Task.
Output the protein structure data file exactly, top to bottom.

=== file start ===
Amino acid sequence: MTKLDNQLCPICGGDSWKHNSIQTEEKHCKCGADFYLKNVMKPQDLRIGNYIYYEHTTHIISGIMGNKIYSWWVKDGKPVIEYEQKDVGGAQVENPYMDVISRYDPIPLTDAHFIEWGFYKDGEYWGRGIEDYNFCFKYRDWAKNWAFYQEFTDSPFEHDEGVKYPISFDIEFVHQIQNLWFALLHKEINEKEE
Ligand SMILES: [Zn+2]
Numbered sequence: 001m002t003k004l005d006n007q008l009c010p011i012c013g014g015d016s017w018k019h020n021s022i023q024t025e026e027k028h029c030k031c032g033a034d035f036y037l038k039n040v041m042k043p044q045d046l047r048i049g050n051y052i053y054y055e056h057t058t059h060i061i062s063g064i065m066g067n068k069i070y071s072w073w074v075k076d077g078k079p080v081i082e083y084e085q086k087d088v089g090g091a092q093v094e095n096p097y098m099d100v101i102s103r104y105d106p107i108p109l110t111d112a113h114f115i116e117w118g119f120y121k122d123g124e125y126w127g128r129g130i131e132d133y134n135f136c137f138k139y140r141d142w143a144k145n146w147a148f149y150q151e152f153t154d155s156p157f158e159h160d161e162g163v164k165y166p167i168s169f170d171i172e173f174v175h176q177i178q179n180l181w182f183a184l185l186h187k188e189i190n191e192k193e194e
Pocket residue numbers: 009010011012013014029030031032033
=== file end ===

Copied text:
Amino acid sequence: MTKLDNQLCPICGGDSWKHNSIQTEEKHCKCGADFYLKNVMKPQDLRIGNYIYYEHTTHIISGIMGNKIYSWWVKDGKPVIEYEQKDVGGAQVENPYMDVISRYDPIPLTDAHFIEWGFYKDGEYWGRGIEDYNFCFKYRDWAKNWAFYQEFTDSPFEHDEGVKYPISFDIEFVHQIQNLWFALLHKEINEKEE
Ligand SMILES: [Zn+2]
Numbered sequence: 001m002t003k004l005d006n007q008l009c010p011i012c013g014g015d016s017w018k019h020n021s022i023q024t025e026e027k028h029c030k031c032g033a034d035f036y037l038k039n040v041m042k043p044q045d046l047r048i049g050n051y052i053y054y055e056h057t058t059h060i061i062s063g064i065m066g067n068k069i070y071s072w073w074v075k076d077g078k079p080v081i082e083y084e085q086k087d088v089g090g091a092q093v094e095n096p097y098m099d100v101i102s103r104y105d106p107i108p109l110t111d112a113h114f115i116e117w118g119f120y121k122d123g124e125y126w127g128r129g130i131e132d133y134n135f136c137f138k139y140r141d142w143a144k145n146w147a148f149y150q151e152f153t154d155s156p157f158e159h160d161e162g163v164k165y166p167i168s169f170d171i172e173f174v175h176q177i178q179n180l181w182f183a184l185l186h187k188e189i190n191e192k193e194e
Pocket residue numbers: 009010011012013014029030031032033